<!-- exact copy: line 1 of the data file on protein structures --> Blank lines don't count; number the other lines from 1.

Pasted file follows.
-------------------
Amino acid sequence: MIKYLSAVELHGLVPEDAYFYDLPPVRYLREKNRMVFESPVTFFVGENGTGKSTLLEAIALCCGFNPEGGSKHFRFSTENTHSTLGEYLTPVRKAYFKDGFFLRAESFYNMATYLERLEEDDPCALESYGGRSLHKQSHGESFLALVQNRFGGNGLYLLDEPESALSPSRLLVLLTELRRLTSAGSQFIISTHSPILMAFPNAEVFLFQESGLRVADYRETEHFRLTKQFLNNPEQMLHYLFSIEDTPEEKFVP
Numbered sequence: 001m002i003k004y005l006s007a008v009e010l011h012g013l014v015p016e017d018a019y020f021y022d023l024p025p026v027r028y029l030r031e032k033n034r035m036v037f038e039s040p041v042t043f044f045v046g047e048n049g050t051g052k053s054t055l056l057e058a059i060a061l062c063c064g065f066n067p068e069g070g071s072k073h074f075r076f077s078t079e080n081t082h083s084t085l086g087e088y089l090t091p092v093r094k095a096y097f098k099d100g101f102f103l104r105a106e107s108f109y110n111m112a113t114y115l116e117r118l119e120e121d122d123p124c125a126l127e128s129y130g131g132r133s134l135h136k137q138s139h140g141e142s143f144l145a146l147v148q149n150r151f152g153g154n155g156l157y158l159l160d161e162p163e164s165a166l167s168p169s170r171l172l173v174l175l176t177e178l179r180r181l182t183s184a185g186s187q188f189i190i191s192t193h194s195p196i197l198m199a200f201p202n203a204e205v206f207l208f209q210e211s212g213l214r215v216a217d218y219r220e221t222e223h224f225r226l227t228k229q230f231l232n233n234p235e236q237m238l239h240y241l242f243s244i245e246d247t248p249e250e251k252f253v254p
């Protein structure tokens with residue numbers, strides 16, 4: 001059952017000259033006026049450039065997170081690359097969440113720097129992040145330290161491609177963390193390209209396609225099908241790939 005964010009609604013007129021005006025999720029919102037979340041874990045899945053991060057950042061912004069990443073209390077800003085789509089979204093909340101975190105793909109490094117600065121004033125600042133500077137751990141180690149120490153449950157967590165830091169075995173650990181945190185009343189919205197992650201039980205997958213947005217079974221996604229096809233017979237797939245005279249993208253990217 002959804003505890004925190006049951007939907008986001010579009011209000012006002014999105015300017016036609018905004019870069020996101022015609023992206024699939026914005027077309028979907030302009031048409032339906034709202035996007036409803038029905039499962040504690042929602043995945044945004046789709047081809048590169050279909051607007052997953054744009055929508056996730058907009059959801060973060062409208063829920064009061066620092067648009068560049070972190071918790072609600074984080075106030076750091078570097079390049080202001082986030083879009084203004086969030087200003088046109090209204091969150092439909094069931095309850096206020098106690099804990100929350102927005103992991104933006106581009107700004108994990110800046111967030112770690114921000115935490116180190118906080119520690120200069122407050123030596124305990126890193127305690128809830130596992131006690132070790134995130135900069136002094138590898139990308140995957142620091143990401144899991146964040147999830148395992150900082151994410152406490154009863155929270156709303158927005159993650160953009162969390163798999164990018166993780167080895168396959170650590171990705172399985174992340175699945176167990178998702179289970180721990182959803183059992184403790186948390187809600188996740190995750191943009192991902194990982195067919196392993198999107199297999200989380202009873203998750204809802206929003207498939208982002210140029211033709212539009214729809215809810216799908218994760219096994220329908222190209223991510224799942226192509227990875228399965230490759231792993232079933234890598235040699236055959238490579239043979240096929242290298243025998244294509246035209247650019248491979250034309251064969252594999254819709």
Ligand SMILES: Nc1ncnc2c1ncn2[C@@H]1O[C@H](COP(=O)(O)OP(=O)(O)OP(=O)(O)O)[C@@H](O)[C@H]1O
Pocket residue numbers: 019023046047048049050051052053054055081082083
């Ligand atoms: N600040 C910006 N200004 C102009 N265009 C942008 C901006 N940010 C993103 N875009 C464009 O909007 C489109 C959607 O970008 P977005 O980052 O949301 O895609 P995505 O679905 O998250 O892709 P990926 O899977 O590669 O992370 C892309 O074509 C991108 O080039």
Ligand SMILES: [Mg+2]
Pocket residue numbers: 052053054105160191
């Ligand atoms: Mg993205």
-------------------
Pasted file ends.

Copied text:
Amino acid sequence: MIKYLSAVELHGLVPEDAYFYDLPPVRYLREKNRMVFESPVTFFVGENGTGKSTLLEAIALCCGFNPEGGSKHFRFSTENTHSTLGEYLTPVRKAYFKDGFFLRAESFYNMATYLERLEEDDPCALESYGGRSLHKQSHGESFLALVQNRFGGNGLYLLDEPESALSPSRLLVLLTELRRLTSAGSQFIISTHSPILMAFPNAEVFLFQESGLRVADYRETEHFRLTKQFLNNPEQMLHYLFSIEDTPEEKFVP